Youth and Diplomacy: My Experience as the U.S. Youth Delegate
Boisi Center for Religion and American Public Life
For the first time in the Boisi Center’s twelve-year history, on February 6 we hosted an undergraduate speaker at one of our headline events. We were delighted to hear BC junior Brooke Loughrin describe her experience as the first Youth Delegate in the United States’ mission to the United Nations.
Appointed in 2012 for a one-year term, Loughrin attends international conferences, connects with young people through social media and has even addressed a full meeting of the UN General Assembly—all while managing her heavy courseload as a Presidential Scholar at BC. Loughrin said she has been deeply inspired by her encounters with young people during her travels to India, Iran, and Tajikistan, and is keen to promote youth involvement in international politics. Over fifty percent of the world population is under the age of thirty, yet youth often have little influence on international decisions that profoundly affect their lives. Through the Youth Delegate program, Loughrin joins representatives from forty countries committed to giving the world’s young people a voice at the UN.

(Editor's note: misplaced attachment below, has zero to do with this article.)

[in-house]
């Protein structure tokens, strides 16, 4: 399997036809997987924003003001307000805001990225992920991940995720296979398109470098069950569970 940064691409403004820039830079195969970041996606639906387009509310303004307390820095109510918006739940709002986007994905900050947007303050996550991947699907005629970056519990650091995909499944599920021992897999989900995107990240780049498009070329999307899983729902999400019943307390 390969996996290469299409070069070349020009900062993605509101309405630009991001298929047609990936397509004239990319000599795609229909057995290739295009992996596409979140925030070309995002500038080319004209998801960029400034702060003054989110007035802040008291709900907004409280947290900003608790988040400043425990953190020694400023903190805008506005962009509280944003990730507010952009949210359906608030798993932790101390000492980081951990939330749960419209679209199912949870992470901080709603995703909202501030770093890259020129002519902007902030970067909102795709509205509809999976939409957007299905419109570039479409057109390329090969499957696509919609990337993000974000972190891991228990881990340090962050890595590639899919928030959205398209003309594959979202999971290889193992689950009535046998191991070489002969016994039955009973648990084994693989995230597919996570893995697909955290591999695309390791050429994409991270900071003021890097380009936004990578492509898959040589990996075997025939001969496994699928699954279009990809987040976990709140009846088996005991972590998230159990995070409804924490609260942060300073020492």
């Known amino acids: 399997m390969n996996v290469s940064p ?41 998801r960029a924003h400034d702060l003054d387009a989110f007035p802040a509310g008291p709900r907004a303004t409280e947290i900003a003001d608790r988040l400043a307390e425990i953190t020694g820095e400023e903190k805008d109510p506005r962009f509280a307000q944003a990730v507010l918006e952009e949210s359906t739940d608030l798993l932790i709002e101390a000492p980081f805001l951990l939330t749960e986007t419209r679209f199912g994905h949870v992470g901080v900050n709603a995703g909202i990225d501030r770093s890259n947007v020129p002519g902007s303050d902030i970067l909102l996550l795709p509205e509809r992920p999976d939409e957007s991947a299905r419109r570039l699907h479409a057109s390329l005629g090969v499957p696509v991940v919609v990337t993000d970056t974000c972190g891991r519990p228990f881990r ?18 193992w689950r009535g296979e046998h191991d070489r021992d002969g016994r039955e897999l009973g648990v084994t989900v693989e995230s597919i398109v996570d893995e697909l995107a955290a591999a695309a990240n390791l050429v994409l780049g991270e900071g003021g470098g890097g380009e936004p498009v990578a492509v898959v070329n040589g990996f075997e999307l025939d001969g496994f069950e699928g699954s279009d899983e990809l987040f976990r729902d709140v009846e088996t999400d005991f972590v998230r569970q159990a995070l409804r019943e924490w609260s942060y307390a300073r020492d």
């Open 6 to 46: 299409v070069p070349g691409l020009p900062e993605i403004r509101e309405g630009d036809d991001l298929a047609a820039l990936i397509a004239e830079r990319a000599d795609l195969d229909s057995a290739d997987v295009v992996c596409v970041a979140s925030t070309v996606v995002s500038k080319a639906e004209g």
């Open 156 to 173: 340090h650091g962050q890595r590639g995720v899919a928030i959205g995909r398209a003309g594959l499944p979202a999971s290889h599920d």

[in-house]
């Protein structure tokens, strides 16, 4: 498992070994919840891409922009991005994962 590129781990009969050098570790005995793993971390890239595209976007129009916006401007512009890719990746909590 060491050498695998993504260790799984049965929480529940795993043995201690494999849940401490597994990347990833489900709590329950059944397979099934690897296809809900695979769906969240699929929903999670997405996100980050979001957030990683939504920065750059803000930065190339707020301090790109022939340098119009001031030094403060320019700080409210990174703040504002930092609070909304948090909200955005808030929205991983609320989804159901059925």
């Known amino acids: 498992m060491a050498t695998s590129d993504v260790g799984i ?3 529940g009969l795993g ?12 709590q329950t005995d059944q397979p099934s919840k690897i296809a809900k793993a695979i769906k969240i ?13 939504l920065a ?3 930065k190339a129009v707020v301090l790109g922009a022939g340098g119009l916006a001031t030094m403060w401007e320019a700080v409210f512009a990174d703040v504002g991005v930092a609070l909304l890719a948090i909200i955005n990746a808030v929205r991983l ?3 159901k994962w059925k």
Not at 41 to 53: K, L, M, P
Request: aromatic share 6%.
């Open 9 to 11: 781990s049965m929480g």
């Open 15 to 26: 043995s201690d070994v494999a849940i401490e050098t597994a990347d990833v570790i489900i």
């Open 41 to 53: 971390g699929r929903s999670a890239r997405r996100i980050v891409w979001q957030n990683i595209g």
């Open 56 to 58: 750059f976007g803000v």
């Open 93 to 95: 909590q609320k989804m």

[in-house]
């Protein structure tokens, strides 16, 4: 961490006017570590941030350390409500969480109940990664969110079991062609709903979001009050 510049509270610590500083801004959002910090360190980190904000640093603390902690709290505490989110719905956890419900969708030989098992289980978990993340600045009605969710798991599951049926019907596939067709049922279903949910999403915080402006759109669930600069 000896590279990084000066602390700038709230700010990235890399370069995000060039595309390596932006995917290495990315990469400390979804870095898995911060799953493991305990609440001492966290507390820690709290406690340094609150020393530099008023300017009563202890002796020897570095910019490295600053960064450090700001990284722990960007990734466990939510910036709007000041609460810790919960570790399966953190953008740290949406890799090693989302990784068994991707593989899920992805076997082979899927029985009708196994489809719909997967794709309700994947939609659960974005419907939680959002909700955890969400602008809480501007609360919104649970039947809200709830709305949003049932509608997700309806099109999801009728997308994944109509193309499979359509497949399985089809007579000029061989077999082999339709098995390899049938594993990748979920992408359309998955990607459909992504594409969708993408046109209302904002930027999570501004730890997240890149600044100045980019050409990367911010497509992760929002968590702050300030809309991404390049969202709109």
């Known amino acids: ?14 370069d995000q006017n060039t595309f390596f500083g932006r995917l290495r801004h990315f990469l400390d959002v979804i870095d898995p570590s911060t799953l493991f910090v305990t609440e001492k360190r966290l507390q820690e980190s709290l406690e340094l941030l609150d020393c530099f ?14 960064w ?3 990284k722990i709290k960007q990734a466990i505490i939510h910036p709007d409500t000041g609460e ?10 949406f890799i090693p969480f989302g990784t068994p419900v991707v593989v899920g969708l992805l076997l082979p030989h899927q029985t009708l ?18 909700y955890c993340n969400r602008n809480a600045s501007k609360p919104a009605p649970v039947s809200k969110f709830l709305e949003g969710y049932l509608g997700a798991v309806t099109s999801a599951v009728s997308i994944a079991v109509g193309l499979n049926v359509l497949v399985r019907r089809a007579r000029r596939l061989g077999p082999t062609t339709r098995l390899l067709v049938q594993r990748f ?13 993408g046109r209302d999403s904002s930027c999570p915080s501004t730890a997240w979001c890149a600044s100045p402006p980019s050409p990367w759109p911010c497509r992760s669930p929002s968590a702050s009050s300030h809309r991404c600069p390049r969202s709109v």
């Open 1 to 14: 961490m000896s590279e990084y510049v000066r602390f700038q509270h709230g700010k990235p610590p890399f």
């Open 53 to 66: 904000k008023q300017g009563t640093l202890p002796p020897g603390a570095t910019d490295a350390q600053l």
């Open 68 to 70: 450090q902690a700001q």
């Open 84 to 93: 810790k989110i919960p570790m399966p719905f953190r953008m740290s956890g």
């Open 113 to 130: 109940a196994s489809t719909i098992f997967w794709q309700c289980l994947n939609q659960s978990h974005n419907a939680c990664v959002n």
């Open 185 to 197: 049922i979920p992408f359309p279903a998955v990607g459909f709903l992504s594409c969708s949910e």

During General Assembly Week in September 2012, Loughrin spoke on panels and attended meetings alongside prominent international leaders including Hillary Clinton and Bill Gates. She was even able to address the full General Assembly on behalf of American youth. Although the world’s youth face major challenges today—education and employment among them—Loughrin expressed optimism for the future of her generation. She announced that the U.S. Youth Delegate program will continue next year, a sign of the program’s success in improving American youths’ involvement in UN discourse. She encouraged eligible young people to apply to serve as the youth delegate in future years.